- The Greatest Fight of Our Generation: Louis vs. Schmeling
It is, invariably, a controversial call to label any boxing battle as the greatest fight of our generation. In April of 2009 the relatively unknown Englishman, Carl Froch, fought American Jermain Taylor for the WBC super middleweight title. At the start of the final twelfth round Froch looked beaten and was behind on two of the three judges' scoring cards. That final round is a testament to boxing rediscovering former glories. Froch launched an extraordinary assault and battered Taylor into submission. The referee stopped the bout with fourteen seconds to go. Add this to Manny Pacquiao's lethal flattening of Mancunian Ricky Hatton (MGM Casino, Las Vegas, May 2, 2009) in round two, and one is forcefully reminded that the noble art of self defense is given its historic robustness because of athletic displays, fuelled by overwhelming ferocity, and naked aggression.
The exemplar of boxing's stunning fire power and ring savagery has always been associated with the second Joe Louis-Max Schmeling world heavyweight championship fight (June 22, 1938). In front of a massive crowd of 75,000 in Yankee Stadium, Louis thumped and bashed and bruised and bullied the German. The fight lasted only two minutes and four seconds- it was the shortest heavyweight title fight in sports history.
Lewis A. Erenberg, a professor of history at Loyola University, Chicago describes this brutal beating in a little over one page. Literally, Louis used Schmeling as a punching bag. Yet to read Erenberg's account is not easy. There is a palpable sense of destruction and collapse that creates a word picture of not just defeat but something akin to execution in front of a massive audience: "Louis then moved into deliver the heavy blows. With Max caught on the ropes, the Brown Bomber unleashed a terrific right hand to the body. To avoid its full impact, Schmeling twisted out of the way, and the blow fell on the area just below the ribs. The pain was unbearable, and Max let out a scream that was heard across the ringside seats" (p. 143). [End Page 163]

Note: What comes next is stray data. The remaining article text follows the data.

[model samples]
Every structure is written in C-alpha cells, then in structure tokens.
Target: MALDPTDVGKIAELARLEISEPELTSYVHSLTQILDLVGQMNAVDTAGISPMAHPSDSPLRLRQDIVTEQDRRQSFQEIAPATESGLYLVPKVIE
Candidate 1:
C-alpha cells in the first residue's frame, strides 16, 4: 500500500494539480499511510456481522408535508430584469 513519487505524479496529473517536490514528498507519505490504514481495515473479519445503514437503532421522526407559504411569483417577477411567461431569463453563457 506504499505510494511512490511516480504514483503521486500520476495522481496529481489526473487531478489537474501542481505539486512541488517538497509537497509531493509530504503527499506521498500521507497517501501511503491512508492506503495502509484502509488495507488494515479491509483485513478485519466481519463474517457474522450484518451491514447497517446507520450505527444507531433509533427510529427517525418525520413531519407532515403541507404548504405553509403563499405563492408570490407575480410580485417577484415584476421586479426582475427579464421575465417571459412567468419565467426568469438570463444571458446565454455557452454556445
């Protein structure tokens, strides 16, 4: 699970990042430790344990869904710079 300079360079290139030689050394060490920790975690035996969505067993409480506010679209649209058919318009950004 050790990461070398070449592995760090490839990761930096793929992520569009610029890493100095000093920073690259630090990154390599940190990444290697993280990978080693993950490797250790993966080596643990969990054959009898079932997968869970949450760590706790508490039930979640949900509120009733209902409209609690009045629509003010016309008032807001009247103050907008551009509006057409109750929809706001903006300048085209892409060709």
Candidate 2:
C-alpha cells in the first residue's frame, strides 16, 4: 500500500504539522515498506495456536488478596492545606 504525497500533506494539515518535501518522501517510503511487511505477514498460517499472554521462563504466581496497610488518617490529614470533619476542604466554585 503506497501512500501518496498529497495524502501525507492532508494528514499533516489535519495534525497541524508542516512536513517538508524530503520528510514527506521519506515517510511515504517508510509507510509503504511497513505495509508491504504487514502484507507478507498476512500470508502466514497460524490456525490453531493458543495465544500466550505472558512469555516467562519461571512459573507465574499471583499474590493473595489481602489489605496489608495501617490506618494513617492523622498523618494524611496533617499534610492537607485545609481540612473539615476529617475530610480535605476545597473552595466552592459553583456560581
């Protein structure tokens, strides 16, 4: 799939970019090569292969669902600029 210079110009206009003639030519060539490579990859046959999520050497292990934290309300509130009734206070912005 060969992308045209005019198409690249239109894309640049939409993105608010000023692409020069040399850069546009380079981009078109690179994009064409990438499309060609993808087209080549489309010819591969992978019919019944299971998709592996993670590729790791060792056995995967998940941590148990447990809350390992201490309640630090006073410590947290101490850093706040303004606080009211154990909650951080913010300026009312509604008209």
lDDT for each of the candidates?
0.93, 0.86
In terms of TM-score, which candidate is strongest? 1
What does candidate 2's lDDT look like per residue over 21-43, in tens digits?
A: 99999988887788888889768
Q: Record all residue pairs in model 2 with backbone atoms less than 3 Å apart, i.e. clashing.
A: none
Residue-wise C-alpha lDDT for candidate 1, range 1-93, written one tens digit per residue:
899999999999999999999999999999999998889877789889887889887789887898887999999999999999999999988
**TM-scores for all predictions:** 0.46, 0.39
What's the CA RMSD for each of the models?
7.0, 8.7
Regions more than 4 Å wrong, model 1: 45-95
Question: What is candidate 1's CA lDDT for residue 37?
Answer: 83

But, of course, the second Louis-Schmeling was much, much more than a re-match and a grudge fight. As Erenberg notes, "American flags flew in abundance, but no swastikas were evident. The symbolism could not have been stronger. Whatever the deepest racial attitudes of those in the audience, the fight itself was playing out in the minds of Americans as a drama about nation more than about race" (p. 143) Erenberg also tells the story of Schmeling's unexpected twelfth round knockout of Louis, again at Yankee Stadium, on June 19, 1936. As a result Schmeling became a German folk hero and was held up as a poster boy by white supremacists. This created a ground swell for their second fight and transformed it into an allegorical clash of Nazism versus American democracy. In Erenberg's able hands this boxing saga is elevated and is held up as a significant account of transnational history, cultural studies, and the central positioning of manhood in the political, rather than the athletic, arena. The manner in which boxing served as a prism to explore racial divisions, international conflict and economic collapse, is masterfully told by Erenberg.
The Greatest Fight of Our Generation concludes with an over-reaching epilogue in which the author makes the case for the historical importance of the Louis- Schmeling fights: "In the United States, the radio broadcasts helped unite the nation around an ideal of fair play and open competition in which the best man won. That this democratic ideal included in theory the African American hero who won the day helped create a powerful national ideal that could be used to battle the racial inequalities that actually existed in the segregated nation" (p. 230).
Erenberg does not overplay his hand, but makes a compelling argument that Louis came into the ring to face Schmeling in 1937 as a man tormented...